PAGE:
Tourists in Lima
Lima: Grey, leaden, sunless skies, cold, damp air, traffic and wintry expressions: Lima is not immediately attractive. We need to make an effort and see the sights, I decide, and where better to begin in South America’s culinary capital than with a food tour?
Happily, Francis Chauvel, the wonderful owner of our lovely guesthouse, is a dedicated foodie and accomplished scoffer of every Peruvian delicacy from cuy (guinea pig) to anticuchos (cow’s heart) and he shoulders his continent’s responsibility for ensuring we taste the best of its cuisine. Francis has eaten cat and pelican, so is not shy of trying unusual foodstuffs (and has the belly to prove this unwavering commitment).
There’s a big ‘mistura’ food show in town, but all the tickets are sold out and the touts are asking too much, so we head into central Lima, where, on the banks of the polluted trickle of the Rimac River, we find food stalls set up with national dishes. It looks delicious, but I’ve got stomach troubles and am feeling too queasy to eat sadly. Nevertheless, I get Francis to explain some of the foods on show:
Nearby, we find the cathedral and, more interestingly, the catacombs under the Convent of San Francisco, wherein 12,000 dead Limeños were laid to rest – or, later on, not so much laid as stuffed into subterranean wells and crevices as the Franciscan monks struggled to find space for so many deads.
In order to speed up decay, the bodies were packed with lime, so when archeologists explored the area, only the larger and more robust bones – like the skulls and femurs – remained. These, the archaeologists have creatively arranged in pretty patterns, such as with the skulls central and the femurs radiating out. Bizarre, but I admire their ability to see the artistic potential in an otherwise macabre profession.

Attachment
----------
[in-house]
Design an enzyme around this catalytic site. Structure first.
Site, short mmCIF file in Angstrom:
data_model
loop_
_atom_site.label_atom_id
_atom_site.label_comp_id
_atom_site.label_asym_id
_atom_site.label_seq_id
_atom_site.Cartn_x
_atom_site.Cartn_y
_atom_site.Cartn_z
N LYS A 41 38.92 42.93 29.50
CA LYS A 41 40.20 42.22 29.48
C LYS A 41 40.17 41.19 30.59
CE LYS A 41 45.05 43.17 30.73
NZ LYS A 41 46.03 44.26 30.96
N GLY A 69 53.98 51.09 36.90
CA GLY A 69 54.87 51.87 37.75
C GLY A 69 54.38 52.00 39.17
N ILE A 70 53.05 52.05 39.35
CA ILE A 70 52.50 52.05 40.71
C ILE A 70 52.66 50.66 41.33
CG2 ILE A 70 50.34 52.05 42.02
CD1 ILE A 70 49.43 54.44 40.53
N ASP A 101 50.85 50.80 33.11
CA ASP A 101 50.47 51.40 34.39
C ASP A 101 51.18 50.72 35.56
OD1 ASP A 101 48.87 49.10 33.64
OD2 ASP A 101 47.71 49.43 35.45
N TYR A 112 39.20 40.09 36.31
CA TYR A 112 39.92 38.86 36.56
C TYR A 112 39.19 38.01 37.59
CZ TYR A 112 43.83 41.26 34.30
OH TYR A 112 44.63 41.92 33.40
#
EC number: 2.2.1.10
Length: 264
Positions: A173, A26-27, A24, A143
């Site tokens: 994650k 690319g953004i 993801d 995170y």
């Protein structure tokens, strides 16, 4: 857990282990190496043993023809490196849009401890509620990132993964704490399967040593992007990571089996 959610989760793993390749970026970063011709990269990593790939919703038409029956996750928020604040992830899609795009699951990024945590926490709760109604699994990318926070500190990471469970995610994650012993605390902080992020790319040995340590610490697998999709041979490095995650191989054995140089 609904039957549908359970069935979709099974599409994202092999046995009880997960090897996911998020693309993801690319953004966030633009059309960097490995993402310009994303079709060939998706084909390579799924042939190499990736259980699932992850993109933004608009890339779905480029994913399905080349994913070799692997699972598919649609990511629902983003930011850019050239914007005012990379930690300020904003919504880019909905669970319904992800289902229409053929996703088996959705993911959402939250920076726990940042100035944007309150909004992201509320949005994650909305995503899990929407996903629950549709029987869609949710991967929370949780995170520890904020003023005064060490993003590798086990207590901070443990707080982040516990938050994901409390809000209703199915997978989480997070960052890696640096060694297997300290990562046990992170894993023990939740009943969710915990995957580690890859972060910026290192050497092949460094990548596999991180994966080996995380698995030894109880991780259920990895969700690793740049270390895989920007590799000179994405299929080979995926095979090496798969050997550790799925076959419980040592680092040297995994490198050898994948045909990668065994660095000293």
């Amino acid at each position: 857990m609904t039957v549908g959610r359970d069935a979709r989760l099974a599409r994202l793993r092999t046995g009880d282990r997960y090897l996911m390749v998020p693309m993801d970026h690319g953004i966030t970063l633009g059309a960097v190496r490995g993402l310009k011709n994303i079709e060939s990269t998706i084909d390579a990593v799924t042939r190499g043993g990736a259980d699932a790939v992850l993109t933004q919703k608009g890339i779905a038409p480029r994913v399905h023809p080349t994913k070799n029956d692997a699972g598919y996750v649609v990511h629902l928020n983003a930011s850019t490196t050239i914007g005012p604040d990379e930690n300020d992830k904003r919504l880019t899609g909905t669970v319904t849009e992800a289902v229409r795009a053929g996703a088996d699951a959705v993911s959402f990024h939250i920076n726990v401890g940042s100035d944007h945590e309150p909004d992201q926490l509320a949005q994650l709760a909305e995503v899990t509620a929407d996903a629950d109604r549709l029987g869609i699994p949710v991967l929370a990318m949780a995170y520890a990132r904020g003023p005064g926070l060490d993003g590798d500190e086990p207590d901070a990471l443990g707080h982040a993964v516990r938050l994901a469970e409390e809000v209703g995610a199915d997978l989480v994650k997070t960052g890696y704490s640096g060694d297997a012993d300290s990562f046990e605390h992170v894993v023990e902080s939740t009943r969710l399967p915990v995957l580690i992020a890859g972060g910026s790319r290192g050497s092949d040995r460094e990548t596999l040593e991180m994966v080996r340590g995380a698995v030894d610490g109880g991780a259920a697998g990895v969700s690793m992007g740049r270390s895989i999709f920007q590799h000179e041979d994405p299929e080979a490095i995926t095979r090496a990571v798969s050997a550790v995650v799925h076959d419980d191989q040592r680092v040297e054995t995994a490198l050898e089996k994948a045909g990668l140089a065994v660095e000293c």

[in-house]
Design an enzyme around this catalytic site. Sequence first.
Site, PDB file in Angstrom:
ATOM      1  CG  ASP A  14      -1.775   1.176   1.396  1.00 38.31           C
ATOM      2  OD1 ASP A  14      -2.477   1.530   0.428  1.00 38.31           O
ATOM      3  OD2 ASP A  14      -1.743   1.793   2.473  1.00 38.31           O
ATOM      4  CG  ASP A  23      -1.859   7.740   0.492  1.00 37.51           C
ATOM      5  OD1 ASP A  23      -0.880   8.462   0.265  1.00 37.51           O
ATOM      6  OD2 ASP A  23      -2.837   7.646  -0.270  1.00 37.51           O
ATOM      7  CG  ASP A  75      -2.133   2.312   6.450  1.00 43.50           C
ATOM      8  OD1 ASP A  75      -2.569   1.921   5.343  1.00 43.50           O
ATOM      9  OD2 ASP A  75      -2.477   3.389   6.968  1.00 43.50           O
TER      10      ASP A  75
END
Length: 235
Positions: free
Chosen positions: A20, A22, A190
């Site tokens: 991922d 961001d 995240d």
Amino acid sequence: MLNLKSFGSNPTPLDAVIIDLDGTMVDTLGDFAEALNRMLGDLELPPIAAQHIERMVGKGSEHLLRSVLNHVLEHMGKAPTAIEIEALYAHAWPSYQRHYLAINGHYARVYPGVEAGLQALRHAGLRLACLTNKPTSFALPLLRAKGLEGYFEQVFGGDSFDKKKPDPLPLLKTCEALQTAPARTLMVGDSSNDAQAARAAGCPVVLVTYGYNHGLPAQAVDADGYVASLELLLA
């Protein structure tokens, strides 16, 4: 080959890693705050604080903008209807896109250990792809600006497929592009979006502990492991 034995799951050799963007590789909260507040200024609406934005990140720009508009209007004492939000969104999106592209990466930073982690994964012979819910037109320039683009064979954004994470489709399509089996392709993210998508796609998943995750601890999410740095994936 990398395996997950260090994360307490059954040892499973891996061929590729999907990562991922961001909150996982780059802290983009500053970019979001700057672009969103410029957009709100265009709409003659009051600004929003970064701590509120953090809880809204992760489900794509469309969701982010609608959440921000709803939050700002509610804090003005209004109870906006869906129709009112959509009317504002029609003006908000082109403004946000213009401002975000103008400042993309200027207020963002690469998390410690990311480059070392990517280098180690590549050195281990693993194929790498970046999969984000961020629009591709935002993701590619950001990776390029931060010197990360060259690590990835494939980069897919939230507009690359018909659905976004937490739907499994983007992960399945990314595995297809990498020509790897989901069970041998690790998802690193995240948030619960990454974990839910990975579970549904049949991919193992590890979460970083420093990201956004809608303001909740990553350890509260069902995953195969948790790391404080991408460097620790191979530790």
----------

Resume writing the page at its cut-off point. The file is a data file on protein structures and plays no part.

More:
A block further, in the Church of Santo Domingo, the odd skull theme continues. To one side of the central nave, we find a strange altar to two of Lima’s celebrated saints (San Martin de Pobres and Santa Rosa de Lima), with little statues depicting them and two elaborately decorated glass boxes displaying their skulls – their headless bodies are interred elsewhere.
From here, we should probably have visited the archeological and anthropological collections at one of Lima’s several famous museums, but instead, we head to the insalubrious port area, populated by knock-off merchants, car-jackers and other dodgy characters (of which Lima seems to have many). Here we find the truly marvellous Police Theme Park, with old police vehicles and life-size models of police. Superb.
Across the road, we descend into a decommissioned submarine, guided by a navy guy who works on one of the nation’s six submarines that are still operational. We tour the vessel, marvelling at the cute fold-away designs of everything from sinks to beds, touching the torpedo missiles and counting the beds: 60 men (women not allowed) live here for up to 60 days at a time, diving to depths of 200 metres.
I ask the capitane how he bears to live in such a small space with so many people for so long – don’t they kill each other? “No,” he says. “There’s a good camaraderie onboard and they rotate jobs on strict 4-hour shifts to prevent boredom. And besides, the guns are locked up.” He points to a cabinet, where the guns are indeed padlocked.
The next treat is the Magic Water Circuit, a park that 3 years ago was transformed into a fantastic fountain display. Lima is in the run-up to mayoral elections. More than 30 hopefuls have pasted their grinning mugs onto enormous posters that line every street, and the incumbent mayor is doing much to remind voters of his role in the fountains’ creation.
Credit where due, it is a wonderful park. Everyone loves a fountain, young, old, disabled – it’s a great, smile-inducing pleasure watching water dancing to light and music. It’s an affordable entrance fee (4 soles or about £1) and it’s fun.
Every hour in the evening, the park puts on a show, with lasers illuminating the fountains, showing dancers from a ballerina to Andean to salsa. It’s brilliant and only slightly ruined by the ending, which displays the smug mug of the mayor.
Our day’s fun culminates in dinner of anticuchos and corn drink with Francis – and we didn’t get mugged or robbed. Perfecto.